A city man who was thrown to the ground and had his video camera seized while filming a crime scene last fall has filed a federal civil rights lawsuit against three Minneapolis police officers involved in the incident.

In the lawsuit, filed Nov. 28 in U.S. District Court in Minneapolis,  Derrick Revies, 46, alleges that the officers — Matthew Lindquist and two officers who were only identified by their last names, Moua and McDonough — violated his constitutionally protected right to record law enforcement officers carrying out their duties in public spaces, and also accused them of excessive force, false arrest and battery. 

According to the suit, Revies was walking past a crime scene on the 1000 block of Currie Avenue on the night of Aug. 1, 2014 when he whipped out his phone and started recording “police officers, medical personnel, and a possible victim and/or suspect inside the area that was taped off.”

One of the officers walked over and started to aggressively shoo Revies away, the suit said. At one point the officer snatched his camera away and telling him that he would “return his camera once they reach an area of the sidewalk where Mr. Revies could remain,” according to the suit.

Revies is the founder of Film the Police Minneapolis, a YouTube channel that features user-submitted videos of police activity in public.

The suit read:

“Shortly after, while Mr. Revies was lawfully recording the incident from a place where he had a legal right to be, Defendant Officer Moua approached Mr. Revies and gave him vague and conflicting instructions to move to a different area.”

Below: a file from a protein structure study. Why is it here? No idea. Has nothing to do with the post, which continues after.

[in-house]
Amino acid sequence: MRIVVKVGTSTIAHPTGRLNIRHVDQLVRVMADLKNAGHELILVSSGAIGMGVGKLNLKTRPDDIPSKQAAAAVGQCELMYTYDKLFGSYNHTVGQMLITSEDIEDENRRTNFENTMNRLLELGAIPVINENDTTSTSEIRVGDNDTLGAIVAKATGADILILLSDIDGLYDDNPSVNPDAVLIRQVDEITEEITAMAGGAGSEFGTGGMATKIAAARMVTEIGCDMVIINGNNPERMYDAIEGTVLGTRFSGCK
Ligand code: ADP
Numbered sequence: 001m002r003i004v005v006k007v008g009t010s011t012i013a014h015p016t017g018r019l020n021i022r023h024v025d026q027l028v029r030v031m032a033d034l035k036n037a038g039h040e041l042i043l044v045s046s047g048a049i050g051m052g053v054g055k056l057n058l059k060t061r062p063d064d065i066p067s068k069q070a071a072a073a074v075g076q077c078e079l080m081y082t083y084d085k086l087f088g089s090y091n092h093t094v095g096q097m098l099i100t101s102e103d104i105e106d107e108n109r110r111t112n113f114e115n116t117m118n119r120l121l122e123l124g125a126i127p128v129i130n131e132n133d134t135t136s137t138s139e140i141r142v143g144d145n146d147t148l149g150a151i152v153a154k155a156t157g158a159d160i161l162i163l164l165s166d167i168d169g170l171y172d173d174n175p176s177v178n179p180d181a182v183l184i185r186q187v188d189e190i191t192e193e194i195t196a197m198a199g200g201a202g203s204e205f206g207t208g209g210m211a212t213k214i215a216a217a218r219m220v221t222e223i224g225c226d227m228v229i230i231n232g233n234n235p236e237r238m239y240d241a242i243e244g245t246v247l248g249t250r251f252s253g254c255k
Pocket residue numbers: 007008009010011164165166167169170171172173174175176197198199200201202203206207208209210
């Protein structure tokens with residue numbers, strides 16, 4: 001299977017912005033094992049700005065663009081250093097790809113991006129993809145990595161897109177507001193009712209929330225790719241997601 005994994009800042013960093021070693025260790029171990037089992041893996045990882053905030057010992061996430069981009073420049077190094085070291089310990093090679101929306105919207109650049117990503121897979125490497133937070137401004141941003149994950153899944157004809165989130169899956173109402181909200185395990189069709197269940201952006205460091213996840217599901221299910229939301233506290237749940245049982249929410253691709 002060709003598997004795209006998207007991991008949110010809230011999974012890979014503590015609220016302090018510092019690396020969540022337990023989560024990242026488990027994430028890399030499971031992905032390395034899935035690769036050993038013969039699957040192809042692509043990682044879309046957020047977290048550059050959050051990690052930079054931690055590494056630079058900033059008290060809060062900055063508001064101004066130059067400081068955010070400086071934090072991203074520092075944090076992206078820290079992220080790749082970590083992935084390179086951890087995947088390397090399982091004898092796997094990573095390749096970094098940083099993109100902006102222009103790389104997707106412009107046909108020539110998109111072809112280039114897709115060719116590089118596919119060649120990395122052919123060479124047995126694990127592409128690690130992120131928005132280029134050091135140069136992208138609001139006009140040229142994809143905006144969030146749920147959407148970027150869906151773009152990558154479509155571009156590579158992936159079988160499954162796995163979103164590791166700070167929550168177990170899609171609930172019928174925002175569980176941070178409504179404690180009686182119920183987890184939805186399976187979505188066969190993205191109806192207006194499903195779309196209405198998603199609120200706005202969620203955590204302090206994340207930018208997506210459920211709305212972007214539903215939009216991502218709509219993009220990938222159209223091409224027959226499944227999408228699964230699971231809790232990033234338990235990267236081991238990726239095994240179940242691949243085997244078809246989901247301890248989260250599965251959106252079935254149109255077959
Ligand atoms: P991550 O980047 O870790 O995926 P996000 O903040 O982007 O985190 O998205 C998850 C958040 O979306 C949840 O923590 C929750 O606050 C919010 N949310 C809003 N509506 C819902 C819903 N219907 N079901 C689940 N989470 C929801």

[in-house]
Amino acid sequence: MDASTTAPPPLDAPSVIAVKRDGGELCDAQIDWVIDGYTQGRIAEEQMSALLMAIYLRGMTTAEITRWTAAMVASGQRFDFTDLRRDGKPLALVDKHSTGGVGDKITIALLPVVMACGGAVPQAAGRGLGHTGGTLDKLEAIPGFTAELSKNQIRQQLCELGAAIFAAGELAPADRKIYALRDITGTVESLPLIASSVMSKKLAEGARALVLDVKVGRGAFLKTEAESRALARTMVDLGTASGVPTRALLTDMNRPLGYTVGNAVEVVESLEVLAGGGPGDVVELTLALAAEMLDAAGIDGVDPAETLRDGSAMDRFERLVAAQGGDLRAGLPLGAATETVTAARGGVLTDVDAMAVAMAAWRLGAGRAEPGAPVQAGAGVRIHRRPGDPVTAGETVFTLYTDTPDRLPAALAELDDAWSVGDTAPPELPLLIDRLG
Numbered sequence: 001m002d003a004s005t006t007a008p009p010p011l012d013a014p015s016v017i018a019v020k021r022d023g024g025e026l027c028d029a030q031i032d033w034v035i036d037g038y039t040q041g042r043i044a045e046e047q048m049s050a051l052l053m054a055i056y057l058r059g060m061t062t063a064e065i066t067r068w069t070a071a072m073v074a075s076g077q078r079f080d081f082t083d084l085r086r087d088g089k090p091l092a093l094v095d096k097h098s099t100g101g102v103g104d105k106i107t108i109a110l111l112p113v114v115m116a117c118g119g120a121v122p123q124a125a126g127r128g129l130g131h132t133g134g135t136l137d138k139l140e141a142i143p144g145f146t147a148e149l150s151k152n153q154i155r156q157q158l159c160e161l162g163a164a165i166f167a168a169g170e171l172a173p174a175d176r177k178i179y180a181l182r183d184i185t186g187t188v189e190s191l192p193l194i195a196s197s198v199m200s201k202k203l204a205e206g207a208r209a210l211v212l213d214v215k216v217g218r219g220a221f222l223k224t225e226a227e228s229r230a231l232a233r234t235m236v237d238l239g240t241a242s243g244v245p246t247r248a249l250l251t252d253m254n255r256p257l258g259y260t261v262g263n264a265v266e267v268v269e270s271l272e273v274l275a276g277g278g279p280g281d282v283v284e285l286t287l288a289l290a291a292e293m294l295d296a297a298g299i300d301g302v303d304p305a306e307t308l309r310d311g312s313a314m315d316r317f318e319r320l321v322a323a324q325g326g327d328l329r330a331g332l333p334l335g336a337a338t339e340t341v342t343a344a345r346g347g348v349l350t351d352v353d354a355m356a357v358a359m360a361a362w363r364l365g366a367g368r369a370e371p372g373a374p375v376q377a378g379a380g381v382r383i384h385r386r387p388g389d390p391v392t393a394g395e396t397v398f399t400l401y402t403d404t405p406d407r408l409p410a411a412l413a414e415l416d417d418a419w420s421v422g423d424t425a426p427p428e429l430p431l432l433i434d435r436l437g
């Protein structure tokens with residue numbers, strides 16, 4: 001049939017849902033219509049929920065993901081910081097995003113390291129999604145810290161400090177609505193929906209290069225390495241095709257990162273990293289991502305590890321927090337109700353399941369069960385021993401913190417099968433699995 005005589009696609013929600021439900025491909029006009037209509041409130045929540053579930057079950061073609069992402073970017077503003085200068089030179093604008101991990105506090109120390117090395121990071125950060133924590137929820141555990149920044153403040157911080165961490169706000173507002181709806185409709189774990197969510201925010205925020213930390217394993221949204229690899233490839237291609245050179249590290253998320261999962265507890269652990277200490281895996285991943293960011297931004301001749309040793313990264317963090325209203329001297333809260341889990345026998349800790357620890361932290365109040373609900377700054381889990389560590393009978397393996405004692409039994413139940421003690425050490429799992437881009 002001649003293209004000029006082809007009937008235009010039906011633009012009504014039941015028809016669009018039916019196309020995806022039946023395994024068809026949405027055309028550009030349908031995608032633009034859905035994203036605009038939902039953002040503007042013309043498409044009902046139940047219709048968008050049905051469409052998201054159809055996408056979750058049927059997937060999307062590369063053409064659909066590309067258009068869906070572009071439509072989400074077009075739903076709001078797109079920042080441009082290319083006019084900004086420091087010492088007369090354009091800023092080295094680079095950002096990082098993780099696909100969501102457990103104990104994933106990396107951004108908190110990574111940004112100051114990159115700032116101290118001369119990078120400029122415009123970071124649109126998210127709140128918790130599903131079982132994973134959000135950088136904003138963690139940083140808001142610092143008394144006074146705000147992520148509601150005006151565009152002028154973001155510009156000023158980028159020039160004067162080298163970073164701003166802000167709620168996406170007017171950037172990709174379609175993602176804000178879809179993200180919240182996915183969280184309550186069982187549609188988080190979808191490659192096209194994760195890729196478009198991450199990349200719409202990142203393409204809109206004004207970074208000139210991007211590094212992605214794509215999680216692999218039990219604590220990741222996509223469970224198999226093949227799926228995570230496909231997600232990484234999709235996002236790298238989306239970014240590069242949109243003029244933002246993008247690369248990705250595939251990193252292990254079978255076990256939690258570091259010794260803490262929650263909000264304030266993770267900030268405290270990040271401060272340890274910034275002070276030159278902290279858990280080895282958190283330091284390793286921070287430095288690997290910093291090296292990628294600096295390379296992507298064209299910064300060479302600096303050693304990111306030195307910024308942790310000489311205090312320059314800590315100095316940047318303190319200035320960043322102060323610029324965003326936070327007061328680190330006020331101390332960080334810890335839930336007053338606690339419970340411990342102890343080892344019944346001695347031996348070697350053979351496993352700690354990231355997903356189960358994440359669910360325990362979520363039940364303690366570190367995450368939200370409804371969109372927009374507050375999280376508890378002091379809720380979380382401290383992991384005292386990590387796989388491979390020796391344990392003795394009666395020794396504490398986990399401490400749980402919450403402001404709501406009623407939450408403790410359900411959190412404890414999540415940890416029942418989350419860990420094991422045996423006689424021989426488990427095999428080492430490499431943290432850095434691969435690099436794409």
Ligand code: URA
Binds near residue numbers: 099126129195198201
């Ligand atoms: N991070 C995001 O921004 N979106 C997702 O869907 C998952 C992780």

Revies contends that he complied with all of the officer's commands, but Lundquist still “forcefully tackled him to the ground, handcuffed him, and arrested him.” The lawsuit says that the other two officers jumped on Revies and pinned him to the ground, causing him to "suffer sever and excruciating pain." He was arrested and booked into Hennepin County Jail, but no charges were filed.

“At the time of the arrest, Mr. Revies was not committing any crimes, was in the area to which was directed by Officer Moua, and was not interfering or obstructing the officers in any way,” the suit alleges.

Revies later posted a heavily edited video of the encounter on YouTube, in which one of the officers is heard repeatedly saying, "You've been told to leave," before apparently taking Revies to the ground. In the nearly 10-minute clip, he is later heard pleading with the officer to let him go, but a voice says, “it’s too late.”

The suit seeks unspecified damages.

Here is the YouTube video: